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Deutsche Bank: EUR/USD Headed to 1.30 as Eurozone Reflation Trumps US Price Pressures

deutsche bank exchange rate forecasts

All of the recent inflation talk in Europe is water under the bridge for EUR/USD. Relative capacities for growth in economic activity, jobs and inflation will matter more for the two currencies in 2018.

The Euro-to-Dollar rate could headed for another double vintage year in 2018, according to strategists at Deutsche Bank, who say the common currency could rise by a high single digit percentage and is an outright buy for speculators.

Europe’s common currency is likely to win a tug of war with the US Dollar, driven by reflation forces on both sides of the Atlantic, as a renaissance of price pressures on the old continent trounces those in the new world.

“As 2018 unfolds the market will grapple between duelling US and Euro reflation forces. We believe European forces will win out and would buy EUR/USD,” says George Saravelos, a G10 foreign exchange strategist at Deutsche Bank.

Economy watchers in Europe wouldn’t necessarily know that Eurozone inflation is likely to rise over and above the rate of US price pressures.

US inflation may have meandered up and down in recent months but it is already close to its target, while President Donald Trump’s tax cuts may add further to it still, given they are expected to boost economic growth a touch in the next year or two.

Meanwhile, Eurozone inflation took a step backwards in December and not for the first time in recent history. It also remains some way off from the 2% target.

Most importantly the core inflation rate, which removes volatile commodity items from the price basket, broke above the 1% threshold twice in 2017 but failed to hold onto its gains. It has now failed twice to break back above the 1% level. 

Core Eurozone inflation remained stable at 0.9% in December when economists had hoped for a 10 basis point increase to 1%.

Core inflation in the US is forecast to hold steady at 1.7% for December when the number is released Friday, after dropping 10 basis points back in October.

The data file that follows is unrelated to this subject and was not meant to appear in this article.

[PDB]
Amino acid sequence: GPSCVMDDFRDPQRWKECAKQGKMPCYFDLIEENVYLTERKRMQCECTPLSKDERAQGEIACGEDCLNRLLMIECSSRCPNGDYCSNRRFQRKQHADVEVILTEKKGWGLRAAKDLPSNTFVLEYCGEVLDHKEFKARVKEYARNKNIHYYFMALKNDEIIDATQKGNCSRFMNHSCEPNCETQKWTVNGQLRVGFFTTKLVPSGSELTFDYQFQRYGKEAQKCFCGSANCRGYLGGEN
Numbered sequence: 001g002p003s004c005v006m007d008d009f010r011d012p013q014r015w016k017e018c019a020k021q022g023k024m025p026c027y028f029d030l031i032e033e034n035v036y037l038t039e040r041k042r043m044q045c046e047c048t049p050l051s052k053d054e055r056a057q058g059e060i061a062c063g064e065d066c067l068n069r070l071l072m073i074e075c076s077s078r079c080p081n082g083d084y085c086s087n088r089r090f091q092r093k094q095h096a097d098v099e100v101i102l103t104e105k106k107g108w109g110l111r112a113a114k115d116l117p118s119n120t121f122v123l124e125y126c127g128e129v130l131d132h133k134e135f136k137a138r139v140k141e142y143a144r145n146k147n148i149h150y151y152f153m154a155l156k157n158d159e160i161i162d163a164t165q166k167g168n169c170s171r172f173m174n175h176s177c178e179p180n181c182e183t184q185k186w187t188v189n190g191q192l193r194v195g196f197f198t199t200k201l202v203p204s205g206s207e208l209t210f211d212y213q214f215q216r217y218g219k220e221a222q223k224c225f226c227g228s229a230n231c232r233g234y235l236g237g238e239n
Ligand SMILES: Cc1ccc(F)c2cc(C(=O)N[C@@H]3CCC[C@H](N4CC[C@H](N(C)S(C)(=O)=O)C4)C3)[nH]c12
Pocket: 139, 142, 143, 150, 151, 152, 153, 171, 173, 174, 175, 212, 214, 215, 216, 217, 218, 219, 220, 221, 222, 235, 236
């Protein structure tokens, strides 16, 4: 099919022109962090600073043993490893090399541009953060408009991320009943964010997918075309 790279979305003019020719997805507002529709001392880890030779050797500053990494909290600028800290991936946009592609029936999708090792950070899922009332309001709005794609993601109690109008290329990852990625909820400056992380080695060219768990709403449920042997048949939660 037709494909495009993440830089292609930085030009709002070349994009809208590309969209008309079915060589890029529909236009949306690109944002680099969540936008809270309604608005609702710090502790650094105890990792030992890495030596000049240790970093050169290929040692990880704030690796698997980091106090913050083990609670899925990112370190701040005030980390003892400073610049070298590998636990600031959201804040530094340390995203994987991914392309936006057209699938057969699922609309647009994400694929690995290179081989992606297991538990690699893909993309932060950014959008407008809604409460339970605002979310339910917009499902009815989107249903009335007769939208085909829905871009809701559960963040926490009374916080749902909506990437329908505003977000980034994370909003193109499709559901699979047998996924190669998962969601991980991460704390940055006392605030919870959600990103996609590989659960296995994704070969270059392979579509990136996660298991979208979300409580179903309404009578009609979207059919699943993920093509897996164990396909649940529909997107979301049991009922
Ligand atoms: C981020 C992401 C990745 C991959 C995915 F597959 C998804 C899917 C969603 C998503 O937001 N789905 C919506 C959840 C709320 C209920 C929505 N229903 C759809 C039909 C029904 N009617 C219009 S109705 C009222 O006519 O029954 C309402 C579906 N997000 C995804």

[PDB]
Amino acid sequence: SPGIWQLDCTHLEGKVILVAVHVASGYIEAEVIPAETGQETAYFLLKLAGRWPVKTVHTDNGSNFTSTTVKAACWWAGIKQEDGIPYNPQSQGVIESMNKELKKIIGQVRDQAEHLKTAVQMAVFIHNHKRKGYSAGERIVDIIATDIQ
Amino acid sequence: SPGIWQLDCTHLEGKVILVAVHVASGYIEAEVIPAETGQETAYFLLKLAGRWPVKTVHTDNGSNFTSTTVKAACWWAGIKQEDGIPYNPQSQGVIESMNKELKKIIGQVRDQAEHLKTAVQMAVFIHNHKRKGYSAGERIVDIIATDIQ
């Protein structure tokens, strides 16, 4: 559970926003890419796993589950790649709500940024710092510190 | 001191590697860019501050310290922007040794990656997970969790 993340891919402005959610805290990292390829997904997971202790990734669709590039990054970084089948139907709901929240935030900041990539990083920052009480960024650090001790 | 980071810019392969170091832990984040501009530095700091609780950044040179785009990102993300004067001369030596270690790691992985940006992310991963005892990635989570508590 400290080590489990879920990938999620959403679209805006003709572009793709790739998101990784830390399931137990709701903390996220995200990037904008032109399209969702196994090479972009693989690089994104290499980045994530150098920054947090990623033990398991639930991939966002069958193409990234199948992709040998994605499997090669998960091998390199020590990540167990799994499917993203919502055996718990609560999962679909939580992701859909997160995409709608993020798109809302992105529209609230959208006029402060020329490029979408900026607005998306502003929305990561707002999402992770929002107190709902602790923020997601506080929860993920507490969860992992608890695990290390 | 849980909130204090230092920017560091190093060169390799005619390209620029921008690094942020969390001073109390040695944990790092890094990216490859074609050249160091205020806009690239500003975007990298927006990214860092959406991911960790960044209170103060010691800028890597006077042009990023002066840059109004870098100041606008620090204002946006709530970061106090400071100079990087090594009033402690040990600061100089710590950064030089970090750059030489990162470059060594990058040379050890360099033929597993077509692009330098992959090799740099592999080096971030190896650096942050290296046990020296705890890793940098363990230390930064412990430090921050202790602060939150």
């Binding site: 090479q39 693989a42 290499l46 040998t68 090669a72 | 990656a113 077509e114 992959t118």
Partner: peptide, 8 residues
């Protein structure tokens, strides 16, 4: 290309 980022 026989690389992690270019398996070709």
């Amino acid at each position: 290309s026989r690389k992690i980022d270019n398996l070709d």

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“The European story looks far more positive. The dollar is no longer responding to Fed hikes because it already priced most of the exit around QE,” says Saravelos.

“In contrast, the euro has only appreciated 10% since ECB tapering began, suggesting EUR sensitivity to ECB tightening is likely to continue to be far greater than the Fed.”

In layman’s terms, the recent US-Europe inflation dynamics are all water under the bridge. What will matter more for currencies in 2018 is the capacity for further increases in economic activity, jobs and inflation.

This is what will dictate how much scope there might be for further increases in interest rates, whether in the US or Europe, and the level of potential upside to rates is a bigger driver for currencies than individual changes in interest rates themselves.

Markets seem to think the Federal Reserve is fast approaching the upper limit for US interest rates, at which point further rises will become harmful to the economy and merely beget even lower rates in the future. So traders have become less and less willing to reward the Dollar with a stronger bid each and every time the Fed moves.

“Relative neutral rates (the famous r*) matter for EUR/USD too. The market is not very responsive to Fed tightening because it does not believe it will get very far. The turn in EUR/USD last year coincided with a move higher in relative r*, which suggests more upside for the euro,” Saravelos writes, in a recent note.

The neutral rate is a simple economic concept that dictates the extent to which any interest rate must move upward or downward to reach the point where monetary policy is neither expansionary nor contractionary for the relevant economy. In short, it is the “equilibrium rate”.

“Rising participation rates in the European labour market, healthier productivity growth, more upside to credit growth and structural reforms undertaken over 2010-12 suggest there may be more upside to European r* too in contrast to a Fed approaching neutral,” Saravelos says.

The Euro rose by 13% against the US Dollar in 2017 for several reasons.

First, markets lost faith in the Trump administration’s ability to light a fire under the US economy that would be sufficient enough to justify the extent to which they had bid the Dollar higher in the wake of the President’s election victory.

Second, the European Central Bank gave the common currency an adrenaline shot when Mario Draghi suggested at conference in Sintra back in that the bank could soon begin to wind down its quantitative easing program, given a solidifying economic recovery on the continent.

It has since announced the first reduction in its bond buying program, beginning a process that could conclude as soon as September, which opens the door for it to begin raising interest rates.

“Finally, in contrast to the US, the European flow story is far more positive. European equity inflows picked up last year as the political and growth outlook improved. Fixed income flows may be next,” Saravelos argues.

International investors, particularly American money managers, dumped the Euro by the bucket load during the Eurozone debt crisis and never quite rediscovered their appetite for European financial assets until last year. Further “portfolio flows” into the Eurozone could be a big driver for the currency this year.

The combined effect of all of these factors, according to Saravelos, will be an increase that takes the Euro-to-Dollar rate back up to 1.30 over the course of 2018. This would be its highest level since 2014.

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